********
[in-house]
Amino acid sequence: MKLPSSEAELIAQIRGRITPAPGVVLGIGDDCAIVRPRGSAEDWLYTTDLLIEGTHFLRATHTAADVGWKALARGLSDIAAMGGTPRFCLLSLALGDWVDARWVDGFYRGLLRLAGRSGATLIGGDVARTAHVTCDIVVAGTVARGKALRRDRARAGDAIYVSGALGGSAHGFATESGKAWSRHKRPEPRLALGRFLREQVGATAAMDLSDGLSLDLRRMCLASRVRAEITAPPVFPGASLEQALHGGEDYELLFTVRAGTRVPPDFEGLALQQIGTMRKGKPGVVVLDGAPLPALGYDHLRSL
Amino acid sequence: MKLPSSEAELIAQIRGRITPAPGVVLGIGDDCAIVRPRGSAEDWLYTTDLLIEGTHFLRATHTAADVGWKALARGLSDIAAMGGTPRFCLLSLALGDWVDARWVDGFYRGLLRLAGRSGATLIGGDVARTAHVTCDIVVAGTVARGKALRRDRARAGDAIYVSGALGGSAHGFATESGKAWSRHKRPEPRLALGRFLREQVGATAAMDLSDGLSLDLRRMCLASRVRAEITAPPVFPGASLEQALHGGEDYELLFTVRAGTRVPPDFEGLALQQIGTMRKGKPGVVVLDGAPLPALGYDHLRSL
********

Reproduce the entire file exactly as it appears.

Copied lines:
[in-house]
Amino acid sequence: MKLPSSEAELIAQIRGRITPAPGVVLGIGDDCAIVRPRGSAEDWLYTTDLLIEGTHFLRATHTAADVGWKALARGLSDIAAMGGTPRFCLLSLALGDWVDARWVDGFYRGLLRLAGRSGATLIGGDVARTAHVTCDIVVAGTVARGKALRRDRARAGDAIYVSGALGGSAHGFATESGKAWSRHKRPEPRLALGRFLREQVGATAAMDLSDGLSLDLRRMCLASRVRAEITAPPVFPGASLEQALHGGEDYELLFTVRAGTRVPPDFEGLALQQIGTMRKGKPGVVVLDGAPLPALGYDHLRSL
Amino acid sequence: MKLPSSEAELIAQIRGRITPAPGVVLGIGDDCAIVRPRGSAEDWLYTTDLLIEGTHFLRATHTAADVGWKALARGLSDIAAMGGTPRFCLLSLALGDWVDARWVDGFYRGLLRLAGRSGATLIGGDVARTAHVTCDIVVAGTVARGKALRRDRARAGDAIYVSGALGGSAHGFATESGKAWSRHKRPEPRLALGRFLREQVGATAAMDLSDGLSLDLRRMCLASRVRAEITAPPVFPGASLEQALHGGEDYELLFTVRAGTRVPPDFEGLALQQIGTMRKGKPGVVVLDGAPLPALGYDHLRSL